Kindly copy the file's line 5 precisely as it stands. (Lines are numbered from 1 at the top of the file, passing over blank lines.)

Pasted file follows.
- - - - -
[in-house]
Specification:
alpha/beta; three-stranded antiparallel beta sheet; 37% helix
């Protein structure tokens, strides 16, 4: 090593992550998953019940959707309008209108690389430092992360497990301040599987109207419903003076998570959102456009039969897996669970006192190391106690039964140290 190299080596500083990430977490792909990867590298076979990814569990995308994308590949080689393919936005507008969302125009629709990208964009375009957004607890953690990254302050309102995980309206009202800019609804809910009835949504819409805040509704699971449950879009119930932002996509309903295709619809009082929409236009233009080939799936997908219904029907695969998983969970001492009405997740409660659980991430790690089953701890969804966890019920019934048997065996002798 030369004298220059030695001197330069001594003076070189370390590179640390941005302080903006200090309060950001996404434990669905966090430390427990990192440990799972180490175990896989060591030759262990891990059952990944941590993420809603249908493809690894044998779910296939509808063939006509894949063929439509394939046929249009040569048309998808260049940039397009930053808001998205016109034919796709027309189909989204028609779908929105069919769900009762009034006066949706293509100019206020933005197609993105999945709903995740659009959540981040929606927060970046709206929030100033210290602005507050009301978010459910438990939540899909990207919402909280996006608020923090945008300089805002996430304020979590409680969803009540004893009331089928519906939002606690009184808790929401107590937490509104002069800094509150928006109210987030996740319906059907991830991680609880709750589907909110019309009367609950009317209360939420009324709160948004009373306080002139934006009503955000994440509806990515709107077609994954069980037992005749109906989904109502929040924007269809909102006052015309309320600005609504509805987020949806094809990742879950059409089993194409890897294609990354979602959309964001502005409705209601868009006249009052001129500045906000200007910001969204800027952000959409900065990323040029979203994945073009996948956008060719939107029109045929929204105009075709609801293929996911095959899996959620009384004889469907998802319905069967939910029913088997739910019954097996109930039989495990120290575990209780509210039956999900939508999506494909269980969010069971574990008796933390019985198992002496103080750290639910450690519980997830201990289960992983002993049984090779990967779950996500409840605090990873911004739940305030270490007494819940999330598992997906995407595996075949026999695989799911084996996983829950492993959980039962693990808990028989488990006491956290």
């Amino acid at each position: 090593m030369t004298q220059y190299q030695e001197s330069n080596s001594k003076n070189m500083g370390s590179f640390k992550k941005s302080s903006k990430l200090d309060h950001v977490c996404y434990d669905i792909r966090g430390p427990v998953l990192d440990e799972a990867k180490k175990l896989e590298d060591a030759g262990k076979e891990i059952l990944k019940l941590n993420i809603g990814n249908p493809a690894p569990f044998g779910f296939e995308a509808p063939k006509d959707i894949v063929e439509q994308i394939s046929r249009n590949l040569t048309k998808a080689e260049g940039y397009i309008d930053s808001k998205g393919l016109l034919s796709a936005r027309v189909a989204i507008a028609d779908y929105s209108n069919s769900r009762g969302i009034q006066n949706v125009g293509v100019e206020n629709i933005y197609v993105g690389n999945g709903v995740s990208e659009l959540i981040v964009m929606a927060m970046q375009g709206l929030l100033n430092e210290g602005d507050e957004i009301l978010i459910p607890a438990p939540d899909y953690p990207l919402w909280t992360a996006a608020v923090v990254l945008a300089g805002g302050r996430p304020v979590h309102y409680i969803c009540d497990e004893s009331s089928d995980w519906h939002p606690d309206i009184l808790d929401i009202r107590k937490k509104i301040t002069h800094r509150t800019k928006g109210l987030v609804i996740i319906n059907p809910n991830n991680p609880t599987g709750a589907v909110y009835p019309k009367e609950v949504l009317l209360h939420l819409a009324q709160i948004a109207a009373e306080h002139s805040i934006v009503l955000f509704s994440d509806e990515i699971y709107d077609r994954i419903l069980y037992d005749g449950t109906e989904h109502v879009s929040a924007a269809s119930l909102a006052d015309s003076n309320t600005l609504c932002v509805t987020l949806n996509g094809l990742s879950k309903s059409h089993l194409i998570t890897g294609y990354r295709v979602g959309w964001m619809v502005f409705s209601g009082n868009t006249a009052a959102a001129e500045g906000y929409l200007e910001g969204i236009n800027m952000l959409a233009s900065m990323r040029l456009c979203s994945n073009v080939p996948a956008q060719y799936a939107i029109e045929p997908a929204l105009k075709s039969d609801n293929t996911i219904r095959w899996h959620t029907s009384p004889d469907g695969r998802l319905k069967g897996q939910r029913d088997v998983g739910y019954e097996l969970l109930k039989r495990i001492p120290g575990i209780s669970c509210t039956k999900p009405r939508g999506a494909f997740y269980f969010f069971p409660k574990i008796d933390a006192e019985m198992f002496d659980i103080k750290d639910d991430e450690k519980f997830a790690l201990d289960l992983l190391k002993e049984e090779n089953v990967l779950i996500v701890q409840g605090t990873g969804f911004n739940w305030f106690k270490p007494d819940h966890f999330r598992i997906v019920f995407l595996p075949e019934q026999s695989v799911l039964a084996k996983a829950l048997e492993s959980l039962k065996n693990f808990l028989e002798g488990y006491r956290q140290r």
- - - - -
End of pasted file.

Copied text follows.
């Amino acid at each position: 090593m030369t004298q220059y190299q030695e001197s330069n080596s001594k003076n070189m500083g370390s590179f640390k992550k941005s302080s903006k990430l200090d309060h950001v977490c996404y434990d669905i792909r966090g430390p427990v998953l990192d440990e799972a990867k180490k175990l896989e590298d060591a030759g262990k076979e891990i059952l990944k019940l941590n993420i809603g990814n249908p493809a690894p569990f044998g779910f296939e995308a509808p063939k006509d959707i894949v063929e439509q994308i394939s046929r249009n590949l040569t048309k998808a080689e260049g940039y397009i309008d930053s808001k998205g393919l016109l034919s796709a936005r027309v189909a989204i507008a028609d779908y929105s209108n069919s769900r009762g969302i009034q006066n949706v125009g293509v100019e206020n629709i933005y197609v993105g690389n999945g709903v995740s990208e659009l959540i981040v964009m929606a927060m970046q375009g709206l929030l100033n430092e210290g602005d507050e957004i009301l978010i459910p607890a438990p939540d899909y953690p990207l919402w909280t992360a996006a608020v923090v990254l945008a300089g805002g302050r996430p304020v979590h309102y409680i969803c009540d497990e004893s009331s089928d995980w519906h939002p606690d309206i009184l808790d929401i009202r107590k937490k509104i301040t002069h800094r509150t800019k928006g109210l987030v609804i996740i319906n059907p809910n991830n991680p609880t599987g709750a589907v909110y009835p019309k009367e609950v949504l009317l209360h939420l819409a009324q709160i948004a109207a009373e306080h002139s805040i934006v009503l955000f509704s994440d509806e990515i699971y709107d077609r994954i419903l069980y037992d005749g449950t109906e989904h109502v879009s929040a924007a269809s119930l909102a006052d015309s003076n309320t600005l609504c932002v509805t987020l949806n996509g094809l990742s879950k309903s059409h089993l194409i998570t890897g294609y990354r295709v979602g959309w964001m619809v502005f409705s209601g009082n868009t006249a009052a959102a001129e500045g906000y929409l200007e910001g969204i236009n800027m952000l959409a233009s900065m990323r040029l456009c979203s994945n073009v080939p996948a956008q060719y799936a939107i029109e045929p997908a929204l105009k075709s039969d609801n293929t996911i219904r095959w899996h959620t029907s009384p004889d469907g695969r998802l319905k069967g897996q939910r029913d088997v998983g739910y019954e097996l969970l109930k039989r495990i001492p120290g575990i209780s669970c509210t039956k999900p009405r939508g999506a494909f997740y269980f969010f069971p409660k574990i008796d933390a006192e019985m198992f002496d659980i103080k750290d639910d991430e450690k519980f997830a790690l201990d289960l992983l190391k002993e049984e090779n089953v990967l779950i996500v701890q409840g605090t990873g969804f911004n739940w305030f106690k270490p007494d819940h966890f999330r598992i997906v019920f995407l595996p075949e019934q026999s695989v799911l039964a084996k996983a829950l048997e492993s959980l039962k065996n693990f808990l028989e002798g488990y006491r956290q140290r």